Digital Terrestrial Broadcasting Finally Here - The first home receiver designed to pick up the digital signals that about 300 of the nations radio stations have been broadcasting for some time was delivered to a dealer in Iowa this week. Thus the U.S. is taking the first step toward conversion of both AM and FM broadcasting from analog to digital - with its greater fidelity and freedom from interference and noise. Canada, the UK and some other European countries started years ago. This changeover will be a parallel to that occurring in television, where after 2007 all TVs sold will have to receive digital telecasts in some form. No such regulation with radio. Digital will bring the typical AM broadcast up to the level of average FM and improve FM to CD quality. Broadcasters will finally have a (supposedly) improved technology to replace FM (about 70 years old) and AM (about 85 years old). Terrestrial digital broadcasting (DAB) is not to be confused with the two satellite digital systems currently making inroads in the U.S. - Sirius and XM Radio. But both systems are targeting auto reception at the start.
The biggest advantage for most listeners to FM will be the new systems complete freedom from the dreaded multipath distortion which is so annoying in vehicle reception. This is a similar advantage to digital TV which eliminates ghosting of the image. One of the reasons for the long wait before action being taken was a controversy over whether the digital signal would be broadcast in-band (at the same frequency the station presently used) or in at separate out-of-band frequency. The in-band forces won, the leader in the transmission equipment is Ibiquity Digital Corp. Kenwood, Panasonic and JVC are developing receivers for cars and Onkyo will have a home receiver. Prices for early adopters will be high. Though Ford is one of Ibiquitys investors, digital radios as new car options probably wont be seen (or heard!) before the 2006 model year. It also remains to be heard as to what the fidelity standards of broadcast DAB will be. HI-FI NEWS frequently prints reader mail with listener complaints about excessive data reduction and processing of UK digital broadcasts, and we have also heard some audiophile-user grousing about processing of both digital satellite services signals.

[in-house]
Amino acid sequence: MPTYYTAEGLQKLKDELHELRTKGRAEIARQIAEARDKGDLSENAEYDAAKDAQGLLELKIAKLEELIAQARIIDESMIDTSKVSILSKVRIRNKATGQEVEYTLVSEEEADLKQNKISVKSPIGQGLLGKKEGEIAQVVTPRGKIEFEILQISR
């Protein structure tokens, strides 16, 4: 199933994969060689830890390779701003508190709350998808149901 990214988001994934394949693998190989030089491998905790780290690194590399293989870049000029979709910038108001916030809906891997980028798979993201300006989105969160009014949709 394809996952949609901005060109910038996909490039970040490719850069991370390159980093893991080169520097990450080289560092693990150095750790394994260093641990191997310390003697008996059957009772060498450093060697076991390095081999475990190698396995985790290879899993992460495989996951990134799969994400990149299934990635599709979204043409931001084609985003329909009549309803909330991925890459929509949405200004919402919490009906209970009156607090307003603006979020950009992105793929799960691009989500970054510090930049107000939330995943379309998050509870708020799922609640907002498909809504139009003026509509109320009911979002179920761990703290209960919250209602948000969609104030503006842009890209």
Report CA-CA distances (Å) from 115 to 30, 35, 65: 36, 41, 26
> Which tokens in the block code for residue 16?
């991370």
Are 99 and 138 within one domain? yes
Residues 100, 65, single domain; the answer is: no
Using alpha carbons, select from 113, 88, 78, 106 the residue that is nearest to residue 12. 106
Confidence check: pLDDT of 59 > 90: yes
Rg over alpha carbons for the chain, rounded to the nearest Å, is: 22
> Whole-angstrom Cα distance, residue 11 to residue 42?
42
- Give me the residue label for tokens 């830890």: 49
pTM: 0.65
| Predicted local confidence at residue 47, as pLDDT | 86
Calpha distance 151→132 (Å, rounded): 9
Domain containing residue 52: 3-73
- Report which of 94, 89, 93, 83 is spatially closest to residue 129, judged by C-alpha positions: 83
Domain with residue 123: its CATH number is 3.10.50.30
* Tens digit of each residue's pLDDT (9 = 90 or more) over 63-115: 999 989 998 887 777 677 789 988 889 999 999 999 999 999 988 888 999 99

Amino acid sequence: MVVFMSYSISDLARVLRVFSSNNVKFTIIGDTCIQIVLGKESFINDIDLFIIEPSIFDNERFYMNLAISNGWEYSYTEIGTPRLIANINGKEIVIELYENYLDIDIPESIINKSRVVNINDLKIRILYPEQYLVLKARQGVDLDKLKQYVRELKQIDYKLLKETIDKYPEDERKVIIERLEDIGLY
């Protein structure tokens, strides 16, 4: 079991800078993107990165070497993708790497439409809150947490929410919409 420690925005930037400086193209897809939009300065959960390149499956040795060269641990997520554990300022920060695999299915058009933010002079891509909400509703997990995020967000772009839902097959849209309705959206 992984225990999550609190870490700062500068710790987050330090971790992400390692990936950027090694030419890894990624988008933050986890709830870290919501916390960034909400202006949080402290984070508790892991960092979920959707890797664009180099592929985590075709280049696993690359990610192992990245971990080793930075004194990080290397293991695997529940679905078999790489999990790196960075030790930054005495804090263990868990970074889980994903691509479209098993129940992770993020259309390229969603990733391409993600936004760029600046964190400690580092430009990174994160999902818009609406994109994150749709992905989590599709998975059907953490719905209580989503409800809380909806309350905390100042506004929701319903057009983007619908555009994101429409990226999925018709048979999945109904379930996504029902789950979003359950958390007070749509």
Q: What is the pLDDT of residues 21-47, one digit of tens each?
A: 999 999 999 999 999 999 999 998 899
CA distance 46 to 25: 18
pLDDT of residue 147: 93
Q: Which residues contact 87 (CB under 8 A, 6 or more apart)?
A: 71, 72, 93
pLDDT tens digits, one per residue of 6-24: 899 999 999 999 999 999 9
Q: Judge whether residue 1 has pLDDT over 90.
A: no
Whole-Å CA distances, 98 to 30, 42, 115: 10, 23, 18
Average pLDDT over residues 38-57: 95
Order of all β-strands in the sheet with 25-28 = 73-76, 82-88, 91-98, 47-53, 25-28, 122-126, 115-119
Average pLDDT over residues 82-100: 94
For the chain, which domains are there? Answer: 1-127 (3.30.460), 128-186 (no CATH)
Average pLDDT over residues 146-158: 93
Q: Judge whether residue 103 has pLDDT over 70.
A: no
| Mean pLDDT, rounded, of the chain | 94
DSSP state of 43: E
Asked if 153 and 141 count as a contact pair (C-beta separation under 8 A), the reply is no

Hi-Def Digital Home Software Suite Introduced - Whole-home entertainment packages are the focus of several manufacturers exhibiting at the Consumer Electronics Show in Las Vegas this week. Ucentric Systems is introducing their package which includes hi-def off-air TV reception, satellite reception, a hi-def photo application, digital video recorder, audio, and data - and all of this directed to multiple TVs and speakers throughout a house. Complete control over recording and playing video of all types is offered at each of the media centers in the home, and the HD photo app allows users to download, access and display their digital photos in HD quality at any of the media centers. An onscreen function menu is designed for consumer friendliness.
3D Re-introduced - A new firm named Sensio is promoting a system of video equipment and special DVDs to distribute and present some of the 3D movies made in the 60s and 80s as well as some newer 3D specials. The system uses a sort of consumer version of the liquid-crystal glasses and rapidly-alternating (30 times a second) left-eye and right-eye screen images of the 70mm IMAX 3D productions, and is said to be compatible with most DVD players, large-screen TVs and projectors. (But do any of those films equal the IMAX 3D/Binaural shows in either content or technical quality? And even IMAX films havent exactly been Academy Award material and few are in 3D...) The story and an interview is in the current issue of WIDESCREEN REVIEW.
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